Think credit counseling may be right for you (either free credit counseling or fee-based services)? If so, it’s important to make sure you choose a reputable CCCS to represent you.
Here’s what the Federal Trade Commission says you should look for when you choose a CCCS:
Is the company licensed to do business in your state?
Are the company’s employees trained by a trusted outside association (like the NFCC)?
What fees does the company charge? Are they willing to provide a quote in writing?
Can you afford to pay the company’s fees? If a CCCS won’t help because you can’t afford to pay, search for help with someone else.
Your Local Credit Union or Bank
If you have a checking or savings account, your bank or credit union might have some free tools you can use to help with your finances. A few common examples include:
- Debt Payoff Calculators
- Budgeting Apps
- Financial Planning Tools
- Education Materials
- Free Financial Counseling
You may also be able to sit down with a banker, talk about your financial obstacles and goals, and get free advice.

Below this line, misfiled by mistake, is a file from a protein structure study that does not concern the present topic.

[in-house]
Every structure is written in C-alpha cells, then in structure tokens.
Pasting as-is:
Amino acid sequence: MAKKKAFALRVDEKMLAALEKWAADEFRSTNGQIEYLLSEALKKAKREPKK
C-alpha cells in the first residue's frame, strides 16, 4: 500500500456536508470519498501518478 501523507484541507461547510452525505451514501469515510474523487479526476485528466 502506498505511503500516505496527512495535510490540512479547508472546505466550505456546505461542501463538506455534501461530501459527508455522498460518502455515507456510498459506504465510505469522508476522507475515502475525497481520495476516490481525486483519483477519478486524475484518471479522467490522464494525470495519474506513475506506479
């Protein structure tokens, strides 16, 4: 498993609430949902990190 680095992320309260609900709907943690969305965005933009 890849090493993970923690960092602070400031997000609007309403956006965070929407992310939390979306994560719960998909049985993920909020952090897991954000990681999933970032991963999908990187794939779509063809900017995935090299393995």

Some banks and credit unions offer their customers a lot of extra financial tools; others don’t. If getting free financial help from your bank is an important perk to you:
- Check to see what your financial institution offers. Is there an added cost for those services?
- If you bank or credit union doesn’t offer financial tools or counseling, you might have to think about taking your business somewhere else.
A few banks that are known for their financial tools and/or advice include Ally, Bank of America, Chase, and Regions Bank.
Don’t Be Afraid to Ask for Help
Regardless of the reason for your financial stress, one thing is certain. Turning your finances back around isn’t easy.
That is why there’s zero shame in looking for help or asking someone for money advice. In fact, searching for help is smart.
Once you’ve made a new financial plan, remember not to look at it as a list of the things you can’t do anymore.
A good financial plan isn’t about doing without. It’s about sacrificing small things now so that you can afford the things that really do matter to you down the road.